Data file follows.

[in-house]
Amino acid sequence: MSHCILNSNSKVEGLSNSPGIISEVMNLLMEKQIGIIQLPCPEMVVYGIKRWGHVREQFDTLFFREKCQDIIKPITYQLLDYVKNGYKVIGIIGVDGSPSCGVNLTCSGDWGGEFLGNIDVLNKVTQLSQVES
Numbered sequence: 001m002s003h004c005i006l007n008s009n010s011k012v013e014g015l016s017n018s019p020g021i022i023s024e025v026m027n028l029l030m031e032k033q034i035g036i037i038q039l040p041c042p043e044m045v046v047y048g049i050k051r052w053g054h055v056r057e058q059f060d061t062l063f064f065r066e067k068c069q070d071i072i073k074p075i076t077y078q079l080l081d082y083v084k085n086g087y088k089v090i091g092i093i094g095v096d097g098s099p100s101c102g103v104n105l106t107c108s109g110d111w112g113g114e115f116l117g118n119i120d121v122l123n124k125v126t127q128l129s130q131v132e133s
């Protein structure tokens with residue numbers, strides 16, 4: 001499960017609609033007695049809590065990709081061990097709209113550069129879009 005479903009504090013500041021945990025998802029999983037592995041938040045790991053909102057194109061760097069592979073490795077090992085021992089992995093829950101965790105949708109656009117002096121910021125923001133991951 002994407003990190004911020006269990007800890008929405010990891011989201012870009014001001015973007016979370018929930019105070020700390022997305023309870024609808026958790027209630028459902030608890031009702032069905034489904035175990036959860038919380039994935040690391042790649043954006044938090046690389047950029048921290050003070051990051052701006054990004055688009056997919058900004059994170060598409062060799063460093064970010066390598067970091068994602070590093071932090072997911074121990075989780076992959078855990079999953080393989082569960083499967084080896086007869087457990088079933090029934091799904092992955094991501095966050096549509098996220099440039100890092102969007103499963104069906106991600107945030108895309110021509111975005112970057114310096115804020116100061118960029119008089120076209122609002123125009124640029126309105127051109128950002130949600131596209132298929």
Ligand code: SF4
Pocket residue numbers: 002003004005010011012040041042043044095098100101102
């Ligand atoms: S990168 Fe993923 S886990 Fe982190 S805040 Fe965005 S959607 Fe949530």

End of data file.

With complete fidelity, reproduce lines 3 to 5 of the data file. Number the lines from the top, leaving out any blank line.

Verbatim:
Numbered sequence: 001m002s003h004c005i006l007n008s009n010s011k012v013e014g015l016s017n018s019p020g021i022i023s024e025v026m027n028l029l030m031e032k033q034i035g036i037i038q039l040p041c042p043e044m045v046v047y048g049i050k051r052w053g054h055v056r057e058q059f060d061t062l063f064f065r066e067k068c069q070d071i072i073k074p075i076t077y078q079l080l081d082y083v084k085n086g087y088k089v090i091g092i093i094g095v096d097g098s099p100s101c102g103v104n105l106t107c108s109g110d111w112g113g114e115f116l117g118n119i120d121v122l123n124k125v126t127q128l129s130q131v132e133s
């Protein structure tokens with residue numbers, strides 16, 4: 001499960017609609033007695049809590065990709081061990097709209113550069129879009 005479903009504090013500041021945990025998802029999983037592995041938040045790991053909102057194109061760097069592979073490795077090992085021992089992995093829950101965790105949708109656009117002096121910021125923001133991951 002994407003990190004911020006269990007800890008929405010990891011989201012870009014001001015973007016979370018929930019105070020700390022997305023309870024609808026958790027209630028459902030608890031009702032069905034489904035175990036959860038919380039994935040690391042790649043954006044938090046690389047950029048921290050003070051990051052701006054990004055688009056997919058900004059994170060598409062060799063460093064970010066390598067970091068994602070590093071932090072997911074121990075989780076992959078855990079999953080393989082569960083499967084080896086007869087457990088079933090029934091799904092992955094991501095966050096549509098996220099440039100890092102969007103499963104069906106991600107945030108895309110021509111975005112970057114310096115804020116100061118960029119008089120076209122609002123125009124640029126309105127051109128950002130949600131596209132298929």
Ligand code: SF4